474 F.2d 1374
Mrs. Cornelius Cuthbertson HILL, Appellee,
W. A. ROWLAND and B. S. Treadaway, Appellants.
United States Court of Appeals,
Argued Oct. 3, 1972.
Decided March 14, 1973.
J. J. Wade, Jr., Charlotte, N. C. (R. C. Carmichael, Jr., G. Patrick Hunter, Jr., and Wade & Carmichael, Charlotte, N. C., on brief), for appellants.
George S. Daly, Jr., Charlotte, N. C., submitted on brief, for appellee.
Frank G. Carrington, Jr., Executive Director, Americans for Effective Law Enforcement, Inc., on brief, for amicus curiae, Americans for Effective Law Enforcement, Inc.
Before BOREMAN and BRYAN, Senior Circuit Judges, and CRAVEN, Circuit Judge.
BOREMAN, Senior Circuit Judge:
This is a civil action wherein the plaintiff, Mrs. Cornelius Cuthbertson Hill, seeks to recover compensatory and punitive damages from the defendants, police officers of the City of Charlotte, North Carolina.
On August 18, 1969, Mrs. Hill, black, a 40-year old widow, was employed as a taxi-driver in Charlotte. At about 10 A.M. on that day, she parked her cab across from, and started across the street toward, an establishment known as "Mr. Fred's," her purpose, as subsequently stated by her, being to arrange with the proprietor to have her shoes repaired at a later date.1 "Mr. Fred's" had been under surveillance by the Charlotte police during the preceding week due to an informant's tip that an illegal lottery2 was there being operated. On three separate days during the surveillance, and shortly after several other persons had entered and left, Mrs. Hill had been observed entering the premises, staying only one or two minutes, then returning to her taxi and driving away. At the moment of her arrival on the morning of August 18, Charlotte police officers, including defendants W. A. Rowland and B. S. Treadaway, who were inside the premises known as "Mr. Fred's" executing a search warrant, had seized certain evidence of an illegal lottery and had arrested several persons present including the proprietor who was found with "tickets," money and an adding machine on a table.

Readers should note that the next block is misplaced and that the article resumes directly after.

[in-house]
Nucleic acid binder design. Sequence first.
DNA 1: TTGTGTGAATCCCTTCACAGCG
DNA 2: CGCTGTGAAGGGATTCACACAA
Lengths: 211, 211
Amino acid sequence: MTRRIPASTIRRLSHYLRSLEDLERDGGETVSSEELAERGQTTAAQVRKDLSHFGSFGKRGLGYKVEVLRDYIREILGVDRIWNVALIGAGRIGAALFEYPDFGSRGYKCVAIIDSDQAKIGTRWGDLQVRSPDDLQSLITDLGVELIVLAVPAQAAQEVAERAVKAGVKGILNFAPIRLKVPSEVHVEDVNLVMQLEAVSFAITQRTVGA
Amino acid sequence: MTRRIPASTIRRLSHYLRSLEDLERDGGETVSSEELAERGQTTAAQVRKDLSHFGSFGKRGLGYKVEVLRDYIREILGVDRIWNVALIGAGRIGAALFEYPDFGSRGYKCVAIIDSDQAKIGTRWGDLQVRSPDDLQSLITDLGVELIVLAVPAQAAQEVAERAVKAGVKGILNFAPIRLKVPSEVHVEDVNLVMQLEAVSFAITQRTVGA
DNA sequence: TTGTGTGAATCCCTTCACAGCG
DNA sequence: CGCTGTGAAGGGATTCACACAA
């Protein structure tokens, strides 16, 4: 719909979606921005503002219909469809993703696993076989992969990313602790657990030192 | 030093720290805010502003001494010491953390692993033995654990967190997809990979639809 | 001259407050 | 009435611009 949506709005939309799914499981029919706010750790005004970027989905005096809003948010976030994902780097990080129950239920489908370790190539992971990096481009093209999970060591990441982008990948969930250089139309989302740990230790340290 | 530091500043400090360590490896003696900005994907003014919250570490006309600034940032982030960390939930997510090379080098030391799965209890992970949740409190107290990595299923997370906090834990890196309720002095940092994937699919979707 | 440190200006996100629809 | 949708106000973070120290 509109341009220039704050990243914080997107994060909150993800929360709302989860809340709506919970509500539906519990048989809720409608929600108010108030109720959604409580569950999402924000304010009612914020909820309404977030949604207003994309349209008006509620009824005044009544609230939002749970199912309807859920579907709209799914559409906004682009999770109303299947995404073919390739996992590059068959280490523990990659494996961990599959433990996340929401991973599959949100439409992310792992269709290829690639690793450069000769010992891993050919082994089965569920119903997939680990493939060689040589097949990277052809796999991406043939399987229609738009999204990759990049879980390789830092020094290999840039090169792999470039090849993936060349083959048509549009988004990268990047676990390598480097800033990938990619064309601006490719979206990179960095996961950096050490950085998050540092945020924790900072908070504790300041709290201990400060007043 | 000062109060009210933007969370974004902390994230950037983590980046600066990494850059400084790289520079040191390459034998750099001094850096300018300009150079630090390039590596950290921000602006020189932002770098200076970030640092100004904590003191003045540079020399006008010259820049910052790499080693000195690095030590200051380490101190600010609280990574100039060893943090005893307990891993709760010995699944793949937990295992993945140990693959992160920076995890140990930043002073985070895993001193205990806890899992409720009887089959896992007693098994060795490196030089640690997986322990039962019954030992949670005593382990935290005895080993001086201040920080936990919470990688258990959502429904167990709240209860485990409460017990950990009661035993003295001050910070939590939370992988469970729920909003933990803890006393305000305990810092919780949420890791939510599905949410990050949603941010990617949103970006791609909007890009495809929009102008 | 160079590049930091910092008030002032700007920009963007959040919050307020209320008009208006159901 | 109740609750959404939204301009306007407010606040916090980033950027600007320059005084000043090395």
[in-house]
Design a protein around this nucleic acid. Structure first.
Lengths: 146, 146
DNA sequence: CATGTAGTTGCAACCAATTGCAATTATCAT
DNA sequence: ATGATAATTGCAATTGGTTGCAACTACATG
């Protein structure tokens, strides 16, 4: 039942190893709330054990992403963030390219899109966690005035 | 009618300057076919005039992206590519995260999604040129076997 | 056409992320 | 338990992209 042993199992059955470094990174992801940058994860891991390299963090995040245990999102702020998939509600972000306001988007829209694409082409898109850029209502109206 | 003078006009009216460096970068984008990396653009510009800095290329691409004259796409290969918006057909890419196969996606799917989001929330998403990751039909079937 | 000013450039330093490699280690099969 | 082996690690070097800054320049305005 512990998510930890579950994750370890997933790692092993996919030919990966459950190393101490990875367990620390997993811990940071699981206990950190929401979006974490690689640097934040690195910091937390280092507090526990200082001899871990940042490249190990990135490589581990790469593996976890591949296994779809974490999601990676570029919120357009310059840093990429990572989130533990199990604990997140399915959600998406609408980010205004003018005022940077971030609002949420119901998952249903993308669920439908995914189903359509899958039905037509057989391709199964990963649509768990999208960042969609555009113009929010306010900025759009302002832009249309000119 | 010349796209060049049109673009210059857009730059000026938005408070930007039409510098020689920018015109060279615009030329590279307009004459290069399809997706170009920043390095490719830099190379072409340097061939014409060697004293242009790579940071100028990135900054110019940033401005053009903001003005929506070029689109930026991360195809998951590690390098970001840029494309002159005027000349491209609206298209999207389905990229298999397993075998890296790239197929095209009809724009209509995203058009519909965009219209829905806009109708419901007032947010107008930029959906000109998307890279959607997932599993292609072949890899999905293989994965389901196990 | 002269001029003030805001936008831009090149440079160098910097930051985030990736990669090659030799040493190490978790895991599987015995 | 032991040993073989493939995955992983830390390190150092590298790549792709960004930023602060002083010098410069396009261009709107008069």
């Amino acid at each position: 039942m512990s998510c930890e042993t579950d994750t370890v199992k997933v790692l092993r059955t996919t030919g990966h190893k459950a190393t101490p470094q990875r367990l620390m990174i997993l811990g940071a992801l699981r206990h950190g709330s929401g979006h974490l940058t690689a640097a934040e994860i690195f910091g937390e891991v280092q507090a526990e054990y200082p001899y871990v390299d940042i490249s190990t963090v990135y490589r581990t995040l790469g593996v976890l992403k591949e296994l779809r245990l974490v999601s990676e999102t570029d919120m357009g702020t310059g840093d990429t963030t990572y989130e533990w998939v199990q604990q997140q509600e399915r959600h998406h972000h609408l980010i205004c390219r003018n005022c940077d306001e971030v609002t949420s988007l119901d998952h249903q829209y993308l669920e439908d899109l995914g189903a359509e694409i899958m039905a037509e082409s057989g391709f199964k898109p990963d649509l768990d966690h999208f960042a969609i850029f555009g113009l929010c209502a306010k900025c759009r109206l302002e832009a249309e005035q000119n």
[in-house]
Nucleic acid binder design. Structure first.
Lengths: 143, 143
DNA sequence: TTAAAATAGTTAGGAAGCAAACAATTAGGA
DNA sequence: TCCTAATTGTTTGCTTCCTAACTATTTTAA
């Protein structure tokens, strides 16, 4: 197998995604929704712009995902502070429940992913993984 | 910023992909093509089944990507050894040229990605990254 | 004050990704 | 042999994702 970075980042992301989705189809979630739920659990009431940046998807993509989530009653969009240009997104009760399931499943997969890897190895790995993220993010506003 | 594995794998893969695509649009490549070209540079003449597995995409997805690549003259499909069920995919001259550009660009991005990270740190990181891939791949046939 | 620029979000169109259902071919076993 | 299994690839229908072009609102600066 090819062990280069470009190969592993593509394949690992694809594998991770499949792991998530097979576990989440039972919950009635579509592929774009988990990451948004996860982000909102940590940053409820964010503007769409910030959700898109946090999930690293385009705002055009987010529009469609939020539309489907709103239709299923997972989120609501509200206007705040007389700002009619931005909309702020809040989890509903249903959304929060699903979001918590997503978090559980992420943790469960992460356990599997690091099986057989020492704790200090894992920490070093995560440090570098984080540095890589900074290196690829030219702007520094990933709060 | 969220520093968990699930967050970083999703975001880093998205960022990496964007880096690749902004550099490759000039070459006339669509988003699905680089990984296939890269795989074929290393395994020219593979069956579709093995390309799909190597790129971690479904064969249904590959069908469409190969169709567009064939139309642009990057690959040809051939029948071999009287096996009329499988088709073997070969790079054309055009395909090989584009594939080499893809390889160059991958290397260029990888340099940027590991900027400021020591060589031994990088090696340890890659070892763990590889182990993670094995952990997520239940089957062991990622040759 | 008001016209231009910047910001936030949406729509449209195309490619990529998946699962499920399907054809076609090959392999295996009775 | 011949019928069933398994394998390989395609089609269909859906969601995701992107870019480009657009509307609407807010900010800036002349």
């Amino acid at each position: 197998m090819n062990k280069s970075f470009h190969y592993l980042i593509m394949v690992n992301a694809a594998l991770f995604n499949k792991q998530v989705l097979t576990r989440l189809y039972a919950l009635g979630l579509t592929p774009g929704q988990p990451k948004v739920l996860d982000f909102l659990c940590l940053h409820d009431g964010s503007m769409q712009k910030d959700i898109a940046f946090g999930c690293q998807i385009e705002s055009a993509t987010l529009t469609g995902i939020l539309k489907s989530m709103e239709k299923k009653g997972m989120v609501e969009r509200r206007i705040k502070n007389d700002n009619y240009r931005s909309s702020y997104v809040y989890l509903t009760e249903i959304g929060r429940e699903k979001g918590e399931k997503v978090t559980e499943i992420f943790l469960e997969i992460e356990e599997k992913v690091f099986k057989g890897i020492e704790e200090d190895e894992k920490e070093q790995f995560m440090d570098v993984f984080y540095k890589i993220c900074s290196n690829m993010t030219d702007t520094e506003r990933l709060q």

Mrs. Hill testified that she had started across the street after parking her cab when she saw a policeman, not in uniform, who was a "boyfriend" of hers leaning across a car parked in front of her cab, and she spoke to him but he did not answer. Someone at that time, "was hollering something about don't go there, or something." Mrs. Hill "started back across the street to slap the hell out of him because he didn't speak to me," but was, she claimed, grabbed from behind by a white man who pushed her into "Mr. Fred's." She was not able to identify the person who had so pushed her and there was no evidence that the officers inside the premises being searched had any knowledge that her entry was involuntary or accomplished by force. Upon her entrance, officers Treadaway and Rowland recognized Mrs. Hill as the black female observed on previous occasions during the surveillance. According to his testimony, officer Treadaway had been told by a reliable informer that she was periodically "taking away the [lottery] tickets." Mrs. Hill was officially placed under arrest by officer Rowland.